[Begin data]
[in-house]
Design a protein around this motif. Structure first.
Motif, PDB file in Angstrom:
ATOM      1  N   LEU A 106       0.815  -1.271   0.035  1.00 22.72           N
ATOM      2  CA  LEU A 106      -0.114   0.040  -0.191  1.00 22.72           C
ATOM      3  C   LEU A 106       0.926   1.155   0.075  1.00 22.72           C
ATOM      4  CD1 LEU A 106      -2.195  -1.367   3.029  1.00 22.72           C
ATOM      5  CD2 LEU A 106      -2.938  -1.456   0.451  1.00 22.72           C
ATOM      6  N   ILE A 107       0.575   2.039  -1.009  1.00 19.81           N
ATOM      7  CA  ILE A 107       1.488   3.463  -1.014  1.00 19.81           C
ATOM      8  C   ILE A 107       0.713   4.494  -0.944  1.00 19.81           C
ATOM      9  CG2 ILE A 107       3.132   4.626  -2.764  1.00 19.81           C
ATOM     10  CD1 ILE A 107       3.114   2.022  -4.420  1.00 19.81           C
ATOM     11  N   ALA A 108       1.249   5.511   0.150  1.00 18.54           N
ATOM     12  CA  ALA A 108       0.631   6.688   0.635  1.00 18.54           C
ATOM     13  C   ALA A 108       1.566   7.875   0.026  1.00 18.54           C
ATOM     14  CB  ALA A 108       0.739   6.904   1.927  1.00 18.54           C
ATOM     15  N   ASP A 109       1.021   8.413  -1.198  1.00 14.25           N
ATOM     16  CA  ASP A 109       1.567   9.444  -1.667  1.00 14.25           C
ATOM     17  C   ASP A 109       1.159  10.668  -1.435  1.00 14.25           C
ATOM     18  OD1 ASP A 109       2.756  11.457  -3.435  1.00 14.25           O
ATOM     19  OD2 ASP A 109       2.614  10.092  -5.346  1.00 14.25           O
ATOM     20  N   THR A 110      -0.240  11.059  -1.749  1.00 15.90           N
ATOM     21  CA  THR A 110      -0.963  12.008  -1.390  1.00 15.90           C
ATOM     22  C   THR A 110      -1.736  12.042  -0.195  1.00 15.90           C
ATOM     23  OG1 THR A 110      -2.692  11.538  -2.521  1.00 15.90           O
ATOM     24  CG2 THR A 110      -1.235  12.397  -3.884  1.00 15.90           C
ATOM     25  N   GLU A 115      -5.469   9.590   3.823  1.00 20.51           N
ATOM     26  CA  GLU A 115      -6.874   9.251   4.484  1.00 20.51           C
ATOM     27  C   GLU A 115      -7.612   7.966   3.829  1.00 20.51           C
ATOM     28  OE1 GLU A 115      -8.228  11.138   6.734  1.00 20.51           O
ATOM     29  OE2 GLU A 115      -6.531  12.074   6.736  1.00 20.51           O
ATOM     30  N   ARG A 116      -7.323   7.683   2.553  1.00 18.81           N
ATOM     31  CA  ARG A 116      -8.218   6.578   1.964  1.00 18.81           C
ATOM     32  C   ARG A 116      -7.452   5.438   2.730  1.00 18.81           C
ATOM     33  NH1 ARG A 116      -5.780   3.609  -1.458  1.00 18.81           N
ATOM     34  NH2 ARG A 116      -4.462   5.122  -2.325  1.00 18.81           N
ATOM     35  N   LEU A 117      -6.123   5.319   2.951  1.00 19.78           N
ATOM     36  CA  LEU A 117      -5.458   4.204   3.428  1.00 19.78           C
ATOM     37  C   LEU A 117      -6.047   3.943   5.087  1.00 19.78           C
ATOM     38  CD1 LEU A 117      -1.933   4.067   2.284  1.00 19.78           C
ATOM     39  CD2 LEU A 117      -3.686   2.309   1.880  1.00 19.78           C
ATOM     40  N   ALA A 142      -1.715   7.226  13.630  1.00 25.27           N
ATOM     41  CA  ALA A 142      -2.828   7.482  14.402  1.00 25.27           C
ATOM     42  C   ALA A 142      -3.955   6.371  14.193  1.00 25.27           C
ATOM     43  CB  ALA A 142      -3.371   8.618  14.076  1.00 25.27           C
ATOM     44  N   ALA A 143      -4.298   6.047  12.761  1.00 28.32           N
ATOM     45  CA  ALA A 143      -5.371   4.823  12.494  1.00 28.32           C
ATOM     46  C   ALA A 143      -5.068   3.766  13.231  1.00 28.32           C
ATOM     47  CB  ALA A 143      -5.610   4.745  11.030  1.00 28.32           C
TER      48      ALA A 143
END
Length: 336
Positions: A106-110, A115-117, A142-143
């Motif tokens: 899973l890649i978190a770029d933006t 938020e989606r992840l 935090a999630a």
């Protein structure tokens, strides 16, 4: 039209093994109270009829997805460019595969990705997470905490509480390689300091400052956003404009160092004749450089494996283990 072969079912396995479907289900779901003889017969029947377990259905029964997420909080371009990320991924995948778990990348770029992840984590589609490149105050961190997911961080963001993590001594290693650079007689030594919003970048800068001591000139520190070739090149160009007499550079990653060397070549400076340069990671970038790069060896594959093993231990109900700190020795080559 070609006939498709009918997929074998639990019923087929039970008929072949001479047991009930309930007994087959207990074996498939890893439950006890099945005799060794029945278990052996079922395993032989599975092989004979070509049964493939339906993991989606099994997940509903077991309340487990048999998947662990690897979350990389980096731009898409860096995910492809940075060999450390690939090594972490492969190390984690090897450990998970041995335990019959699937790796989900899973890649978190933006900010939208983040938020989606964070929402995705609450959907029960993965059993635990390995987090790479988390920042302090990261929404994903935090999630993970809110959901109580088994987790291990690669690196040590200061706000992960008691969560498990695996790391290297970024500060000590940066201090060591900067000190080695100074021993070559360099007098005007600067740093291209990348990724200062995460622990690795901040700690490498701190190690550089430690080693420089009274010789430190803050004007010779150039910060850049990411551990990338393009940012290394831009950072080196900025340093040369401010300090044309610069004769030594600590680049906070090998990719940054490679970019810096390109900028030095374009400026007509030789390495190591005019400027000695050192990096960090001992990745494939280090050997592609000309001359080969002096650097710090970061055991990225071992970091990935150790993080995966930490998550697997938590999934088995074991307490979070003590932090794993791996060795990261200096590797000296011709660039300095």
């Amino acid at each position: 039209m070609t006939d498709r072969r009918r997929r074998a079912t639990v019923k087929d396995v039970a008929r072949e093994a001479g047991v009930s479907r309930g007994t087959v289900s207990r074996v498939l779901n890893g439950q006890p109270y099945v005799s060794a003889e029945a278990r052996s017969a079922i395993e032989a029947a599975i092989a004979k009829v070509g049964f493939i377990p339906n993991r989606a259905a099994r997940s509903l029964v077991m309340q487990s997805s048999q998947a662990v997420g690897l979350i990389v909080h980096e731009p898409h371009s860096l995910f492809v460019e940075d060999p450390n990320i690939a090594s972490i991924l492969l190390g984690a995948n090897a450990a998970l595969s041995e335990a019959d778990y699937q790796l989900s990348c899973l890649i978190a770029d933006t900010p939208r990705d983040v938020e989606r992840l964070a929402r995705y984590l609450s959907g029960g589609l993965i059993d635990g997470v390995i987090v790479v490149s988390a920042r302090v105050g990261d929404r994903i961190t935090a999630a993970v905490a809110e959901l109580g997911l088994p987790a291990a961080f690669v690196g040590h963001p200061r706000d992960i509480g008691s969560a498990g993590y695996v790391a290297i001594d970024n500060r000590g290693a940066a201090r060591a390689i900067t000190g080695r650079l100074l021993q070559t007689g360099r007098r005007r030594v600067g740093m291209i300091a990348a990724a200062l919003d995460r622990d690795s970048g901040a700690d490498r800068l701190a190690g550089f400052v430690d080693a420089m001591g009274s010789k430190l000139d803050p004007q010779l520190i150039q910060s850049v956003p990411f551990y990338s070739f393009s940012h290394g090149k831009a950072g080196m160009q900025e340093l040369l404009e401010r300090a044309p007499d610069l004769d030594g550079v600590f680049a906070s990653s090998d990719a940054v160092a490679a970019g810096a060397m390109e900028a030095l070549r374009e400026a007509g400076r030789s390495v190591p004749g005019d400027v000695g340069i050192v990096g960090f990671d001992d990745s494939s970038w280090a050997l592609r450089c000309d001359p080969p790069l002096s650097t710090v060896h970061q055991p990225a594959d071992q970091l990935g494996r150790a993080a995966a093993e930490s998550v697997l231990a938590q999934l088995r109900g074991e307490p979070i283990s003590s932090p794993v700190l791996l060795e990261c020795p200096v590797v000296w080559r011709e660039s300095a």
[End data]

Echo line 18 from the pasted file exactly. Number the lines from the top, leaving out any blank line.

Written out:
ATOM     15  N   ASP A 109       1.021   8.413  -1.198  1.00 14.25           N